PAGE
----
'Our authority under the law is strictly defined and we are personally liable for the consequences whenever we invoke it. We play no part in determining guilt or punishment and our accountability to the courts, both criminal and civil, to local police authorities, to Parliament and to public opinion is unsurpassed anywhere else in the world. In the legal and constitutional framework in which society requires us to enforce the laws enacted by its elected representatives, the most essential weapons in our armoury are not firearms, water cannon, tear gas or rubber bullets, but the confidence and support of the people on whose behalf we act. That confidence and support depends Hot only on the factors I have already mentioned but on our personal
and collective integrity and in particular on our long tradition of constitutional freedom from political interference in our operational role. .Notwithstanding me heavy responsibilities for the policing of England and Wales given to the Home Secretary by the 1964 Police Act, it is important for you to understand that the police are not the servants of the Government at any level. We do not act at the behest of a minister or any political party, not even the party in government. We act on behalf of the people as a whole and the powers we exercise cannot be restricted or widened by anyone, save Parliament alone. -^ It is this which above all else determines our relationship with the public, especially in relation to the maintenance of public , order, and allows us to operate reasonably effectively, with minimal numbers, limited powers and by the avoidance of force, or at least with the use only of such force as will be approved by the courts and by public opinion.'
'To sum the position up for you in easily understandable and practical terms, a chief officer of police will always give the most careful consideration to any views or representations he may receive from his police authority, be it Home Secretary or police committee, on any issue affecting enforcement of the law, whether public order or anything else, but in England and Wales it is generally for him and him alone to decide what operational action to take and to answer for the consequences. In the case of the Commissioner of Police of the Metropolis his exercise of those responsibilities will no doubt be all the more scrupulous in that he alone of all chief police officers enjoys no security of tenure and that subject to parliamentary approval he may be removed by the Home Secretary.'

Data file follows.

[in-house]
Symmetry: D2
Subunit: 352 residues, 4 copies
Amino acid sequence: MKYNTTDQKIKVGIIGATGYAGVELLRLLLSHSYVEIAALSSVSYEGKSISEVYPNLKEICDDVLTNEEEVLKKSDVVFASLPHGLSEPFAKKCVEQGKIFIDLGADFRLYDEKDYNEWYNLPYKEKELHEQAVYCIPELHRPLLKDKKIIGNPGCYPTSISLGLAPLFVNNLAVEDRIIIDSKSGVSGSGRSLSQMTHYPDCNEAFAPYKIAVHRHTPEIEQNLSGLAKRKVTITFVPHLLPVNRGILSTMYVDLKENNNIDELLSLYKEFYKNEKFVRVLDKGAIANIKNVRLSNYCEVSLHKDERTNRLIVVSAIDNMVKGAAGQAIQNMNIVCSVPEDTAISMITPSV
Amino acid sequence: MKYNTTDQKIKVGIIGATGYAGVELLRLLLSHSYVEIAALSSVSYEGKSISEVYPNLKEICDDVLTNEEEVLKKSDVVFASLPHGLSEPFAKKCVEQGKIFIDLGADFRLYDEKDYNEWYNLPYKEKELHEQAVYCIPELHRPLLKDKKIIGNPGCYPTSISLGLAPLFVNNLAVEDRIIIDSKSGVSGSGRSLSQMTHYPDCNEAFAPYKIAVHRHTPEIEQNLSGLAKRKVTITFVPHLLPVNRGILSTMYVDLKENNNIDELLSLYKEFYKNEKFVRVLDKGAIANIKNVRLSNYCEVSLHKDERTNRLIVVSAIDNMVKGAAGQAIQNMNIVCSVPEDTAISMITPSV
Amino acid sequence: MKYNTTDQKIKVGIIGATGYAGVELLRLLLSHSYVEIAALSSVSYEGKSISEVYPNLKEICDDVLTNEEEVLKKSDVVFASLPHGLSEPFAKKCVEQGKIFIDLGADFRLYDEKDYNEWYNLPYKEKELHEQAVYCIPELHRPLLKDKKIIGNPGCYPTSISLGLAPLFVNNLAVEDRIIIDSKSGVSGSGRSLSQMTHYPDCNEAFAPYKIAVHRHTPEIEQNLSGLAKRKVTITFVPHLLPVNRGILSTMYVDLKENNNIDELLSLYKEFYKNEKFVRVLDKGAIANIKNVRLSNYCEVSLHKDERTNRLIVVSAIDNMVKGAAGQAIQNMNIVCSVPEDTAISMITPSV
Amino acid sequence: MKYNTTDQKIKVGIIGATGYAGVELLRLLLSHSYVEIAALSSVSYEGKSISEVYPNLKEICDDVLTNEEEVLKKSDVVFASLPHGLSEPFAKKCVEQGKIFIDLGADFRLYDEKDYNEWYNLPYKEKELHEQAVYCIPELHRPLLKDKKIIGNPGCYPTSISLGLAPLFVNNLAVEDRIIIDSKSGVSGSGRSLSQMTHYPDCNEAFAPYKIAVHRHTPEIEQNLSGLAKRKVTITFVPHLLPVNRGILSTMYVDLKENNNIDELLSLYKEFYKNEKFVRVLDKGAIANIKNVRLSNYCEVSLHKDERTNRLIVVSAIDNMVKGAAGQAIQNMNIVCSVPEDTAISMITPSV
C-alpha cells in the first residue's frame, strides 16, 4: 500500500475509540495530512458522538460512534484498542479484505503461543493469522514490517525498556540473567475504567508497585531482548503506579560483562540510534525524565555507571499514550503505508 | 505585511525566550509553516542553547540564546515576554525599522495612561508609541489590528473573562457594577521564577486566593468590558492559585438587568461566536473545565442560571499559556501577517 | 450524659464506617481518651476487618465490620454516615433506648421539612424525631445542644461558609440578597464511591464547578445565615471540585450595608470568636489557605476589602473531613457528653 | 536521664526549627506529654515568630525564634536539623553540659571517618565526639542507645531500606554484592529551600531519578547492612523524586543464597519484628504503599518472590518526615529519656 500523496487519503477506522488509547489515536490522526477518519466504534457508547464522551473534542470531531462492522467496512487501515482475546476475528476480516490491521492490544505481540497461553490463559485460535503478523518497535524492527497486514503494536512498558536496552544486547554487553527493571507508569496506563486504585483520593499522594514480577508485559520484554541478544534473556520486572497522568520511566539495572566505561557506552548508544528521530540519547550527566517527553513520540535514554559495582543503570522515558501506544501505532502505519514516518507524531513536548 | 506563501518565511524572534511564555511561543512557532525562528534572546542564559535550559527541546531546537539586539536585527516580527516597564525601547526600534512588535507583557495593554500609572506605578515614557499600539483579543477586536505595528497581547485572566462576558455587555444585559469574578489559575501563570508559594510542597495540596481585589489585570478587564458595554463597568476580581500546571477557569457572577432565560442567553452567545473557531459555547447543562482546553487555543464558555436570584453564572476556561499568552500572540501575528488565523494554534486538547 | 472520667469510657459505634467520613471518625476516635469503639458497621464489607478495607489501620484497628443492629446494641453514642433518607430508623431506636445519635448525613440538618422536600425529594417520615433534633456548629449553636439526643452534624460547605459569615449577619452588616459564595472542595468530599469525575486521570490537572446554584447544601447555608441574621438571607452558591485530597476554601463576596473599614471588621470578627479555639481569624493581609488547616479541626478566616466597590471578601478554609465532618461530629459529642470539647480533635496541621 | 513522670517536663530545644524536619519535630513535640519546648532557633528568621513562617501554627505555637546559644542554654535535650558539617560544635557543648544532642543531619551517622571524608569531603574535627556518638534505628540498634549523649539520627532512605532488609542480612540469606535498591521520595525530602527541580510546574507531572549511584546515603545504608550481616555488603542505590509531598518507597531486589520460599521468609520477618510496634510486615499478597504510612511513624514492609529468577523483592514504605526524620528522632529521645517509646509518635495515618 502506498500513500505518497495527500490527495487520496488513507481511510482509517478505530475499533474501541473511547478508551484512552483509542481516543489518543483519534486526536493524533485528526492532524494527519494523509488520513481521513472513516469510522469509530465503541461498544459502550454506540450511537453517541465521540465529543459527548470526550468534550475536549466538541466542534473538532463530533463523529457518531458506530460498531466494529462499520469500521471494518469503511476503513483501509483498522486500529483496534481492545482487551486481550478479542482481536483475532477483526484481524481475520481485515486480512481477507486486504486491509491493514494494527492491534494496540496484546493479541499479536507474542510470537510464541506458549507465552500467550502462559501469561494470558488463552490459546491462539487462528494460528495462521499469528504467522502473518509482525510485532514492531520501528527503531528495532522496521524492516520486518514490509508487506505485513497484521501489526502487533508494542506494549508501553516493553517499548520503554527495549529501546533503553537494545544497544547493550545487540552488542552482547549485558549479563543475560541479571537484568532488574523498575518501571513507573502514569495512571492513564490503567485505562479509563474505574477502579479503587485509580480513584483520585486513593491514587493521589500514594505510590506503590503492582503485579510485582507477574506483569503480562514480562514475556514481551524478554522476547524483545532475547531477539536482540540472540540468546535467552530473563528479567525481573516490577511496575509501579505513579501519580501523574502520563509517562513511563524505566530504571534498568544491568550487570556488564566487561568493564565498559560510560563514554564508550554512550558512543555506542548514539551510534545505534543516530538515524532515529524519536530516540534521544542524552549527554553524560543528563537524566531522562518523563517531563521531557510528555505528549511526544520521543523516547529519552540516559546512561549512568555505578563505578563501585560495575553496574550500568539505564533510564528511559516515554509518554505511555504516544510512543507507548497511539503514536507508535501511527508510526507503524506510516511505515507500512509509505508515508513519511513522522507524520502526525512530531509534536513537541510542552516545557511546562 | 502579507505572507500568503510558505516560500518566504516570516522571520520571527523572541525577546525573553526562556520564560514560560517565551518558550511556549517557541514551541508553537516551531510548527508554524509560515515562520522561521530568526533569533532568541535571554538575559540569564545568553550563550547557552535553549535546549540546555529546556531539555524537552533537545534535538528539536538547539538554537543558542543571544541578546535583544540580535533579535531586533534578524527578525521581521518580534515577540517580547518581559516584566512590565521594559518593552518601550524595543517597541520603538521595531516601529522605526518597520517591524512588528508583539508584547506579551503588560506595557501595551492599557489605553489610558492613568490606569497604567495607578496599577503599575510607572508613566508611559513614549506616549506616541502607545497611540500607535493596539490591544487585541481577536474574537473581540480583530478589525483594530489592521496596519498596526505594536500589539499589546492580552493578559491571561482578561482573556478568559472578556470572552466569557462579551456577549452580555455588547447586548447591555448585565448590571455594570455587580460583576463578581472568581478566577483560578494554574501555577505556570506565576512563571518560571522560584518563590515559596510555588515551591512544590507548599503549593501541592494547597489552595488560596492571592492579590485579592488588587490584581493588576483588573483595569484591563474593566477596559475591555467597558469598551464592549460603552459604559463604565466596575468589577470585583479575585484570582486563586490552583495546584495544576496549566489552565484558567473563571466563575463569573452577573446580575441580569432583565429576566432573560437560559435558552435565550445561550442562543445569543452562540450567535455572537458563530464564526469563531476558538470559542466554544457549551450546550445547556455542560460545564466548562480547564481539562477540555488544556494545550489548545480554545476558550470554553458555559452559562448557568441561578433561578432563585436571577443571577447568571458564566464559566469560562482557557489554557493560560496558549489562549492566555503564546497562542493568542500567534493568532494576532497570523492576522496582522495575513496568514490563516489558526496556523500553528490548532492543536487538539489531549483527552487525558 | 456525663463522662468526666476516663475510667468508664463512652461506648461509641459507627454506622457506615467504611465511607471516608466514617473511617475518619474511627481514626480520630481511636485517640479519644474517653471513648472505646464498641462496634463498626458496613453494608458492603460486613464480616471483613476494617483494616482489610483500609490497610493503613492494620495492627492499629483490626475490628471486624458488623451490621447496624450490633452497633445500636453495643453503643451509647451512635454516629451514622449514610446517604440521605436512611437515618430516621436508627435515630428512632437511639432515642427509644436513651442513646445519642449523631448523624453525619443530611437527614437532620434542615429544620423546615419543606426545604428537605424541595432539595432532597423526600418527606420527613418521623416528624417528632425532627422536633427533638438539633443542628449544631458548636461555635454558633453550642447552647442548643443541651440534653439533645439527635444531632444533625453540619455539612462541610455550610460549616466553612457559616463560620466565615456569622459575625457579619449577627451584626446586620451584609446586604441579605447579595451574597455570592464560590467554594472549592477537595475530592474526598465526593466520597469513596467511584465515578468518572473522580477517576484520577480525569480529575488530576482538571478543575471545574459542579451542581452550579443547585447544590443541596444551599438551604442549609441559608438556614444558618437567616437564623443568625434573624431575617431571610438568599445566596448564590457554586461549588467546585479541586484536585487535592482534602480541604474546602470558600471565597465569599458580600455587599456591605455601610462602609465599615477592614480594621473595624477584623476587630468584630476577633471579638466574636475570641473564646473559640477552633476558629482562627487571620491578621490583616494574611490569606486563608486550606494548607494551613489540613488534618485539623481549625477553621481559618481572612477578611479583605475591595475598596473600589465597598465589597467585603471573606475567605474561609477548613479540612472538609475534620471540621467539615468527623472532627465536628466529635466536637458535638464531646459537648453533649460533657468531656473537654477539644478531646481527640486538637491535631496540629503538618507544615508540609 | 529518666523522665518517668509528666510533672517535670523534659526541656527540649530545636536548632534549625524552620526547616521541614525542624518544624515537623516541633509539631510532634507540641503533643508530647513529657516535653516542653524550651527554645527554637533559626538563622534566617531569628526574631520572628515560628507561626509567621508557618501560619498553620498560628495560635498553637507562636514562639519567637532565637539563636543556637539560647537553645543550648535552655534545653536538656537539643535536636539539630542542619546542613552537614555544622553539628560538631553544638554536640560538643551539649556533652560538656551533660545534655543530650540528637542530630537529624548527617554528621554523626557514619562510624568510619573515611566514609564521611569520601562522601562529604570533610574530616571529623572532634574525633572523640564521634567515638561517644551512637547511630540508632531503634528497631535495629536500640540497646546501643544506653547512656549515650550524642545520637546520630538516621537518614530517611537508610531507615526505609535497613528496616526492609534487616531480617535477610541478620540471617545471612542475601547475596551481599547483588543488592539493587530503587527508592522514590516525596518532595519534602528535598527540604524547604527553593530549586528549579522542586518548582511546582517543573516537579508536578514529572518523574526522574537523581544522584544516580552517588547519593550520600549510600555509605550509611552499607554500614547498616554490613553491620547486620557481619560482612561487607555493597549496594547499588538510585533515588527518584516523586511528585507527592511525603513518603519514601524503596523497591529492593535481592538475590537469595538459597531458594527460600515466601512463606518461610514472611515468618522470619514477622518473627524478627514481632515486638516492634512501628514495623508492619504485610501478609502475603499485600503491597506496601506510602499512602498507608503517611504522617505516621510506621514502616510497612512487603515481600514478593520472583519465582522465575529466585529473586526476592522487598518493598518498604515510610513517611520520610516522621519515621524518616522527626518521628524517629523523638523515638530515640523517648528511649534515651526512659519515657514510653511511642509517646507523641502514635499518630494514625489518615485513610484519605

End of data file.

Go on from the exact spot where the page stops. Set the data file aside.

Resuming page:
I emphasise this because while the police place great importance on their constitutional freedom the significance of their accountability should not be overlooked as a counter-balance to any improper use of it'.
15.18 The Commission feels that what applies to the police applies in equal measure to the Services as a whole. The politician who uses a public servant for purely political purposes and the public servant who allows himself to be so used are both debasing themselves and doing a signal disservice to the country."

Political instability and politicisation of police
15.25 The phenomenon of political interference appears to have assumed larger dimensions particularly after 1967 when the continued stability of the elected Governments in some States got disturbed and a period of political instability started. Increased political interference in such a context meant the increased division of the police personnel into different cliques and groups with different political leanings. A police force which does not remain outside politics but is constantly subjected to influences and pressures emanating within the system from the politicised police personnel themselves will in turn seriously disturb the stability of the duly elected political leadership in the State itself and thereby cause serious damage to the fabric of our democracy. This danger has to be realised with equal seriousness and concern by the politician as well as by the police.

15.26 The increasing scope for mala fide interaction between the politician and the police has also encouraged unscrupulous policemen at different levels to forge a working relationship with the politician for gaining Undue career advantage, besides pecuniary advantage resulting from collusive corruption. The phenomenon of political interference has thus grown to enormous proportion, assiduously fed by vested interests among the police as well as the politicians. We are conscious that any remedial measures we might think of in this context will have to contend with resistance from such vested interests on both sides.